Understanding Cultural Resilience and Climate Change on the Bering Sea through Yup'ik Ecological Knowledge, Lifeways, Learning and Archaeology (ELLA)
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Has principal investigator Richard Arden Knecht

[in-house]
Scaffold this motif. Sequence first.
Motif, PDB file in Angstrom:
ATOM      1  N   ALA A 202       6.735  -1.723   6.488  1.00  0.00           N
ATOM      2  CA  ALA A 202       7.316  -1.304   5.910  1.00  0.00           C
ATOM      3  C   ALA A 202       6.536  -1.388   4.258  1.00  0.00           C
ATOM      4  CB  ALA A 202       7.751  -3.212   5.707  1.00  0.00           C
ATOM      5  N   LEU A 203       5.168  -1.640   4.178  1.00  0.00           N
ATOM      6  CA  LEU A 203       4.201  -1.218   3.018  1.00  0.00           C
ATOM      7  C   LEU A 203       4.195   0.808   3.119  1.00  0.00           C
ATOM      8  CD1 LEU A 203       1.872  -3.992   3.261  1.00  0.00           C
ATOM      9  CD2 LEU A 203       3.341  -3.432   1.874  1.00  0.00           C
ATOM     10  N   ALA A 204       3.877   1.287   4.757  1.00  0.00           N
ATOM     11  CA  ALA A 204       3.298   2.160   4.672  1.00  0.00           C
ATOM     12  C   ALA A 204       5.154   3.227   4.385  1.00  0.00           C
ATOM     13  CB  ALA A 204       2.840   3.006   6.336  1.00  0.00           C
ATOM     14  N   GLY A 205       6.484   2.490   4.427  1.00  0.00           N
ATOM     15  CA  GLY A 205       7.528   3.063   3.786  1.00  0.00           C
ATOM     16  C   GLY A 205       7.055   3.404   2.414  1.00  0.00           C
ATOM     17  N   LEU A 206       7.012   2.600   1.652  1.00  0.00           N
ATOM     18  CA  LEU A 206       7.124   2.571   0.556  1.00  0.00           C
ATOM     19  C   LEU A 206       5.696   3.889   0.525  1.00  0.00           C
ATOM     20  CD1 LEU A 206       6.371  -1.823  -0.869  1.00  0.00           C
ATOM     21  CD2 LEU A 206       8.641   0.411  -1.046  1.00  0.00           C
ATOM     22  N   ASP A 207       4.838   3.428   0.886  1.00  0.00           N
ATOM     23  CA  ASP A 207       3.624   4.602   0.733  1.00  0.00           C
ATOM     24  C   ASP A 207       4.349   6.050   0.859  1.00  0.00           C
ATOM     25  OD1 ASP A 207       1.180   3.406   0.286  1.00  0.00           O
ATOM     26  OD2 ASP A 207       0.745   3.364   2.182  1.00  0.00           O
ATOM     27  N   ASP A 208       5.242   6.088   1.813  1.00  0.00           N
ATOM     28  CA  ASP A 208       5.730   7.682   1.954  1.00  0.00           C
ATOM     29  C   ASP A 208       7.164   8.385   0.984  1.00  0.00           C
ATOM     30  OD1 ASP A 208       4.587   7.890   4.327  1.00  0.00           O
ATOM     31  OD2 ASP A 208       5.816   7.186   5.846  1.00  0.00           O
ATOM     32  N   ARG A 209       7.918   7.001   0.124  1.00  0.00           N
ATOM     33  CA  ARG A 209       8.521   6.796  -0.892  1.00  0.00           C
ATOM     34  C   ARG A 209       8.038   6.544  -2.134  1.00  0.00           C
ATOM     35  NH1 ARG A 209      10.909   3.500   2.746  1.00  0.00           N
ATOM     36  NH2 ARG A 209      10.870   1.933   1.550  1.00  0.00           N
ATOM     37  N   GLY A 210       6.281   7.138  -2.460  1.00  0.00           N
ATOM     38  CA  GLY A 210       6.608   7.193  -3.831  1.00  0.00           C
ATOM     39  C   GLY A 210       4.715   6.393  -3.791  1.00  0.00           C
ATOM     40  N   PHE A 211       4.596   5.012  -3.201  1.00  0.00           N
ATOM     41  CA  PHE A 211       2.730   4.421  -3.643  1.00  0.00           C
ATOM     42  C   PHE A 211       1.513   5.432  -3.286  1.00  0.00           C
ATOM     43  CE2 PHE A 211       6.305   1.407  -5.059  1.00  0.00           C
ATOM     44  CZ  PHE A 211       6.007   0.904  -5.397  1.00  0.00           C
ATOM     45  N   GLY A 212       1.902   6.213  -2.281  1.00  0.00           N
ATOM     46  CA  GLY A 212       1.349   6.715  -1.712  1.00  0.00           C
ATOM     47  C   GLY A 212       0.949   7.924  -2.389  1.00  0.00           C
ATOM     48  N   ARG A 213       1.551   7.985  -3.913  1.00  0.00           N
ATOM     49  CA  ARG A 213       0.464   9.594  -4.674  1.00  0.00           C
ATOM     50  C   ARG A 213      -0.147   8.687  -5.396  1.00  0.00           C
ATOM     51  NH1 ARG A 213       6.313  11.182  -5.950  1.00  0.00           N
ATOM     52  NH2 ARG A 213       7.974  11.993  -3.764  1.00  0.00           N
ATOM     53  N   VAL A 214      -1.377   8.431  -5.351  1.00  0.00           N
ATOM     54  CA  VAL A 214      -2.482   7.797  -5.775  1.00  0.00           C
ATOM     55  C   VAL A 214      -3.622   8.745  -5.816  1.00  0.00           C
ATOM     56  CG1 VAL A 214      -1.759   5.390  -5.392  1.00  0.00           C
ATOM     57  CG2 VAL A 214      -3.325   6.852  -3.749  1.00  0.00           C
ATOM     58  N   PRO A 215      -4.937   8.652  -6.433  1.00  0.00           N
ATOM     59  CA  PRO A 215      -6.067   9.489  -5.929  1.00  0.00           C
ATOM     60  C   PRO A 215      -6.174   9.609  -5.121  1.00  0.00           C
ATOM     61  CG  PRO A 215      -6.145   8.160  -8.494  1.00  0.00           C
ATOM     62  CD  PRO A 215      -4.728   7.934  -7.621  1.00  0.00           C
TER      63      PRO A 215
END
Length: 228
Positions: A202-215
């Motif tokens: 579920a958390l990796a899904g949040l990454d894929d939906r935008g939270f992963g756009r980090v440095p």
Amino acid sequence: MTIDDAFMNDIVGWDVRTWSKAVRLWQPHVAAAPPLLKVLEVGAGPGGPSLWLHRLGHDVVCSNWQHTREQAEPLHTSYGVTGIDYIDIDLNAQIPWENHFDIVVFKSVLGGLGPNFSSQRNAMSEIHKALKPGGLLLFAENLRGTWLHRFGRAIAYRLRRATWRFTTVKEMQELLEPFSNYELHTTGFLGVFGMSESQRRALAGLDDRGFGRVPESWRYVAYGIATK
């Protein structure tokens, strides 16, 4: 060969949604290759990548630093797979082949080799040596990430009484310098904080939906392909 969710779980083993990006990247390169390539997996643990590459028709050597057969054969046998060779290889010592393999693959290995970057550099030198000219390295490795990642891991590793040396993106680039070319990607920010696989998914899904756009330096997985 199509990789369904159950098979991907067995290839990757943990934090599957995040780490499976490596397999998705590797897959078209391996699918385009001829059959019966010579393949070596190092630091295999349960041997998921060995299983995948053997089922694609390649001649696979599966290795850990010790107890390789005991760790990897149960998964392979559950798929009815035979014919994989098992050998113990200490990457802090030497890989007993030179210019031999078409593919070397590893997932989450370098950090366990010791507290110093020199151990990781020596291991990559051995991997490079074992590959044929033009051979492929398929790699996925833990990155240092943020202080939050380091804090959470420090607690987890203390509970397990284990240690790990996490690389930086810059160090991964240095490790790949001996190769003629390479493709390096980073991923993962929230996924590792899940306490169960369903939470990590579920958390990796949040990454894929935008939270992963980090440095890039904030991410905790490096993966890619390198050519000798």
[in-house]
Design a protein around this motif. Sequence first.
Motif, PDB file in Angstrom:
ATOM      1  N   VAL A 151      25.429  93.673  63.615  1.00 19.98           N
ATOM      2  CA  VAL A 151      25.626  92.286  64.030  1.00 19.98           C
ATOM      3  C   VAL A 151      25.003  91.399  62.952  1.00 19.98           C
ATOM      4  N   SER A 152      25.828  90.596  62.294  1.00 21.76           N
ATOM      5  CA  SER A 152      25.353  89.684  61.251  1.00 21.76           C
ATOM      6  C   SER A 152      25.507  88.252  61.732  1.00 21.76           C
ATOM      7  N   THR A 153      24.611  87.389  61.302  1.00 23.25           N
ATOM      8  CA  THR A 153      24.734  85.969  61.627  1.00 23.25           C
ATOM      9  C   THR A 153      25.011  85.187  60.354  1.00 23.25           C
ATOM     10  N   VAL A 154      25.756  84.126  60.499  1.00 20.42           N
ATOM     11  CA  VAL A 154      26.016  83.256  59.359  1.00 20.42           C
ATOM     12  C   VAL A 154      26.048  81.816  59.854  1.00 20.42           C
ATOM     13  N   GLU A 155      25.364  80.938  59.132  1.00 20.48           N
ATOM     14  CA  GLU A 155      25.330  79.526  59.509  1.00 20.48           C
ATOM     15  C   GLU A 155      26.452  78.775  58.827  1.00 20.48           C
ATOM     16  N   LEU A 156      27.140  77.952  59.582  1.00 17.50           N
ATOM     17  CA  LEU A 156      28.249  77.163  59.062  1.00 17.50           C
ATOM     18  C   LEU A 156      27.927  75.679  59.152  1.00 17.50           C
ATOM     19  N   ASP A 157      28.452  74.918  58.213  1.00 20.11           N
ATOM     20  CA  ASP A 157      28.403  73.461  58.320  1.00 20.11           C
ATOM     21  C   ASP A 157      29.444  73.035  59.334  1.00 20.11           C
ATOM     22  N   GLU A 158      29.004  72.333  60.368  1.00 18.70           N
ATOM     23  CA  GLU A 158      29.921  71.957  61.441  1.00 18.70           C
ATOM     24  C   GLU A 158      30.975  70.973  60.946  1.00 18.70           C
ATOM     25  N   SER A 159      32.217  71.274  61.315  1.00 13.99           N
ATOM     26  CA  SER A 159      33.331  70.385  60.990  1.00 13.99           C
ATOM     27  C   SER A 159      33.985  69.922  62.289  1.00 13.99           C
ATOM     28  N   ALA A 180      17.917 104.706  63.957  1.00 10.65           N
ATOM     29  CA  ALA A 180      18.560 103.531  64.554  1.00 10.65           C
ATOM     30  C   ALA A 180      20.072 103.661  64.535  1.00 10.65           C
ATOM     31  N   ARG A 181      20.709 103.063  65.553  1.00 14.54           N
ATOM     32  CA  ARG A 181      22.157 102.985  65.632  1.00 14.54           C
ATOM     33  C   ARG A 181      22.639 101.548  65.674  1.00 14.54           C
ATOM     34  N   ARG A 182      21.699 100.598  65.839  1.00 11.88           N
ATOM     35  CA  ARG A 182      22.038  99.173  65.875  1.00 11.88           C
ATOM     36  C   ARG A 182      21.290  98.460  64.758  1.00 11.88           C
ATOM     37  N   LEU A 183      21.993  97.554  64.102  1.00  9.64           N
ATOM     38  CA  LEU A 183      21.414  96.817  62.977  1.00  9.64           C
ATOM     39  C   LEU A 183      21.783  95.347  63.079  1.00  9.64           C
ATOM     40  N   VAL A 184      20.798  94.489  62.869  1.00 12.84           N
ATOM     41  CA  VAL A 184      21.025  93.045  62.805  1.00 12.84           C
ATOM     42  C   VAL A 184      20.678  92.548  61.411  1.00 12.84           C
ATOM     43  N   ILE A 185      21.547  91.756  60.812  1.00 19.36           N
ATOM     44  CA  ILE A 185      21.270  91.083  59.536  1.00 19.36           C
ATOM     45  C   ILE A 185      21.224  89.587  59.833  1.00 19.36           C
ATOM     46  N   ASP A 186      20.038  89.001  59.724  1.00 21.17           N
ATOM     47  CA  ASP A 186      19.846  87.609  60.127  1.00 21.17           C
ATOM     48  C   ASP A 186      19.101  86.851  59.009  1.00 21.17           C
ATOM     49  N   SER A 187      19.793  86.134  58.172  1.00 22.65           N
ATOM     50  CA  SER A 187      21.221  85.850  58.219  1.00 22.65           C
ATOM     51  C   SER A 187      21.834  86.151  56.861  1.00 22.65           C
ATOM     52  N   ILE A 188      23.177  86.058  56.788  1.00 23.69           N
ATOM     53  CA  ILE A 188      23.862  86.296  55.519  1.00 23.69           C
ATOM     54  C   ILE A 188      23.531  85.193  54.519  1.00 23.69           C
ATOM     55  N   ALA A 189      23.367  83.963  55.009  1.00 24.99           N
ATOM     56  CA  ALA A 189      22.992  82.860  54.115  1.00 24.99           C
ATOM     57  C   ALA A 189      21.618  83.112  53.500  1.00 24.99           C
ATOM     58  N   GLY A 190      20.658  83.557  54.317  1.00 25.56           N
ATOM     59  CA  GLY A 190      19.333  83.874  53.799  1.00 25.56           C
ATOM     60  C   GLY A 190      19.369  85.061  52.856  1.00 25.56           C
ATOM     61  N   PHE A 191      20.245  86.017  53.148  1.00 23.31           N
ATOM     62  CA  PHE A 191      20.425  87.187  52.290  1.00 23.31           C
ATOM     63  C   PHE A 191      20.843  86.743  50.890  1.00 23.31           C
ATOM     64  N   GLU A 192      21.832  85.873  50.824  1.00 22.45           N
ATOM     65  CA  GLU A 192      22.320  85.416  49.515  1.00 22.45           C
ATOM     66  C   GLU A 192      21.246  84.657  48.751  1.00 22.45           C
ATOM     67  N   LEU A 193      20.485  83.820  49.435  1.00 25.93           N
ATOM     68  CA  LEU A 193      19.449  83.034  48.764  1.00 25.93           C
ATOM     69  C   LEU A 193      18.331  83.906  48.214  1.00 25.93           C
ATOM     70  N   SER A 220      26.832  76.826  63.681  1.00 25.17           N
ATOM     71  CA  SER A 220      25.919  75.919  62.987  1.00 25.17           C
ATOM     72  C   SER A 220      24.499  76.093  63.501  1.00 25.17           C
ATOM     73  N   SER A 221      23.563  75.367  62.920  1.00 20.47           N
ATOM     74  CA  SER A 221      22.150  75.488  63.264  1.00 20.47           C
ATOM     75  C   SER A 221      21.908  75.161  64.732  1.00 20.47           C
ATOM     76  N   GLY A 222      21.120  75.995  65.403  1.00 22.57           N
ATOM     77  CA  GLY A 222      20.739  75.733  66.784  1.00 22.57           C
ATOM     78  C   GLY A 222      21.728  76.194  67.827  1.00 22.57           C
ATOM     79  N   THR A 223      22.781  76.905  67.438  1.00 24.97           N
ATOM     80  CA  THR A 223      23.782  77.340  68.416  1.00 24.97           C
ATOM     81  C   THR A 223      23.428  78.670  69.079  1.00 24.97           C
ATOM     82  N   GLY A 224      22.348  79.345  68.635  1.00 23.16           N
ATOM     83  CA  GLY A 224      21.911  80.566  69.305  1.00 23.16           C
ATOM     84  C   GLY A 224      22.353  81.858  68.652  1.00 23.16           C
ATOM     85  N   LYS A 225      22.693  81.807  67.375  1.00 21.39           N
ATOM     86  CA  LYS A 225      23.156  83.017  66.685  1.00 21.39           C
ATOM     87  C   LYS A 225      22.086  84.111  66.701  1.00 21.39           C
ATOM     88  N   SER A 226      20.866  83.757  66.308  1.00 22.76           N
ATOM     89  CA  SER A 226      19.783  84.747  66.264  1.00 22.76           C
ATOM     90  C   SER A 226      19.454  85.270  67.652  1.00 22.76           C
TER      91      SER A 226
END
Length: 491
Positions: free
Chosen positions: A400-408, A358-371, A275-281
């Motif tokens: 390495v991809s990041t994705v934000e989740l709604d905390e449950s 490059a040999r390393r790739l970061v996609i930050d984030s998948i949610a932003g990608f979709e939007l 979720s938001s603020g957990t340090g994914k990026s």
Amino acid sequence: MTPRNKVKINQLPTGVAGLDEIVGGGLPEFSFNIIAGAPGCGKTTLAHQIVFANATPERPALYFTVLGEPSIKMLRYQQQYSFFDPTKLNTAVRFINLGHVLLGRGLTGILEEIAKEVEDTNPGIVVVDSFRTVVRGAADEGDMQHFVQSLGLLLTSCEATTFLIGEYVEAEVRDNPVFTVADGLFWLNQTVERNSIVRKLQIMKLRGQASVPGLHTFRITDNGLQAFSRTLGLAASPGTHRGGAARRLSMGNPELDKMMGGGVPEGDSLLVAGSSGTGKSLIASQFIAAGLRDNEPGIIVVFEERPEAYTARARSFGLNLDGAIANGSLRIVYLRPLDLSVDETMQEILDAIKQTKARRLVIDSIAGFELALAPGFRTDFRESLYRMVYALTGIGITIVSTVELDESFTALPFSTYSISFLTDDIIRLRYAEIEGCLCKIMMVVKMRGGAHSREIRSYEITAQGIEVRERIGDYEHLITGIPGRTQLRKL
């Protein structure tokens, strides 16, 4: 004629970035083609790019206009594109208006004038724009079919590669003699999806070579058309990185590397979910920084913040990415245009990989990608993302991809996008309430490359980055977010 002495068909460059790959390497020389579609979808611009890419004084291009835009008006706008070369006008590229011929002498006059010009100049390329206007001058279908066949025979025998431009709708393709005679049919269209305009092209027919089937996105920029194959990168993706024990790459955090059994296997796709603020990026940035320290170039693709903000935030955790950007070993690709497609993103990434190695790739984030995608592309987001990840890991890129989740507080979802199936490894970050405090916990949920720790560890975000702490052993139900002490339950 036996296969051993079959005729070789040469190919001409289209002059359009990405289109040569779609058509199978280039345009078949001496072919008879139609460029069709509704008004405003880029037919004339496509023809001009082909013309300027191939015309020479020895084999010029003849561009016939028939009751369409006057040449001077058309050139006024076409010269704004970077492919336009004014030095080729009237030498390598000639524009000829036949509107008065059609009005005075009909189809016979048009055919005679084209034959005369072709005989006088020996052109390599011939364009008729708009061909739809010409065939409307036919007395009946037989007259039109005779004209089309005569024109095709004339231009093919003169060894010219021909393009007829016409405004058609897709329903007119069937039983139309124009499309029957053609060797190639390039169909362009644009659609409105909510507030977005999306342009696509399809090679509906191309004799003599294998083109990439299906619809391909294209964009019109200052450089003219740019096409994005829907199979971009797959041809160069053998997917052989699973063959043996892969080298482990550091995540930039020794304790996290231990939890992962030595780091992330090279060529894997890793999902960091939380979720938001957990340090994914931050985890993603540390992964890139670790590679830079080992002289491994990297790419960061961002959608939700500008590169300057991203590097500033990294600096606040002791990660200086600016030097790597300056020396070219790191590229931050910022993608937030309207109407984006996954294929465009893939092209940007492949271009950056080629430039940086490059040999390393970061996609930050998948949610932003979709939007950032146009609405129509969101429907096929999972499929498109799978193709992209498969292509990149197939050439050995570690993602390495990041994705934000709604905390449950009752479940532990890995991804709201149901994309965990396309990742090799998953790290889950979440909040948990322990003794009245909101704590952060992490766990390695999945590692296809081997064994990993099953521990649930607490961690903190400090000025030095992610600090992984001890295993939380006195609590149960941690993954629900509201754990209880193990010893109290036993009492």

Impact Who will benefit from this research? 1.Climate scientists and social scientists interested in the localised effects of past climate change on Arctic ecosystems and on the human populations living in the Arctic. 2.Heritage managers (e.g. policy-makers, third sector/non-profit organisations, land-owning Native corporations) interested in developing local, economically-sustainable strategies for managing threatened cultural resources, particularly in coastal regions. 3.Local communities, including the public, school-aged children, local non-profit organisations (i.e. Tribal Councils). 4.Artisans and traditional craftspeople interested in rediscovering technique and design of precontact material culture. 5.The media and the wider international public, students and school-level audiences. 6.PDRA staff and PhD students employed on the project. How will they benefit from this research? 1.Generation of new palaeoenvironmental proxy data pertaining to the localised effects of past climatic changes on Arctic ecosystems, and past human responses to those fluctuating climatic conditions, illuminating cultural resilience and adaptation. 2.Provide models/guidelines for economically-sustainable protocols for dealing with damage to cultural sites from coastal erosion, and providing primary heritage management advice to remote, coastal communities. 3.Public engagement/outreach events will raise local heritage awareness and practically help to preserve cultural heritage via community archaeology/participation. This project will also create new avenues for imparting traditional indigenous knowledge to younger people raised in an increasingly westernised cultural environment. 4.Recovery of high quality artwork and craft items from archaeological sites that are not extant or rarely encountered in ethnographic museum collections 5.Inform general public audiences of the issues of climatic change in an accessible way, presenting the 'human face' of climate change, and making the public aware of future vulnerabilities and coping mechanisms. 6.Provide training in research specialisms for PDRAs/PhD students, and help develop advanced teamwork, presentation and oral communication skills. What will be done to ensure that they benefit from this research? 1.Routine academic dissemination activities through peer-reviewed journals, conference participation, book chapters/conference proceedings, etc. 2.Production and distribution of Community Handbook for Threatened Archaeological Sites, including deposition on ADS for long term, open access. 3.Local outreach events, emphasising community-led archaeology and building cultural heritage awareness, in both Alaska and Scotland, including annual ELLA Community Workshops. At such events we will incorporate 'hands-on' experiences with artefacts, as well as the use of tablet displays for 'no touch, hands on' interaction. Workshop reports will also be deposited on ADS for open access. Participation in formal education programmes (e.g. KuC's Summer Science Camp) and generation/distribution of education packages for schools will ensure wider educational benefits of this project. 4.Traditional craftspeople will be included in community workshops and given access to recovered collections. 5.Following on from recent press interest (e.g. BBC) further press releases will be made during the project. Open access publication/general interest publications (e.g. Scientific American, National Geographic, etc) will target non-specialist audiences. Existing project web pages will be maintained and regularly updated on the University of Aberdeen Department of Archaeology website in order to target the wider global community and our highly successful fieldwork project blog (www.nunalleq.wordpress.com) will be maintained both during and between periods of fieldwork. 6.PDRAs/PhD students will take an active role in dissemination activities (academic and public engagement and outreach) as well as core research.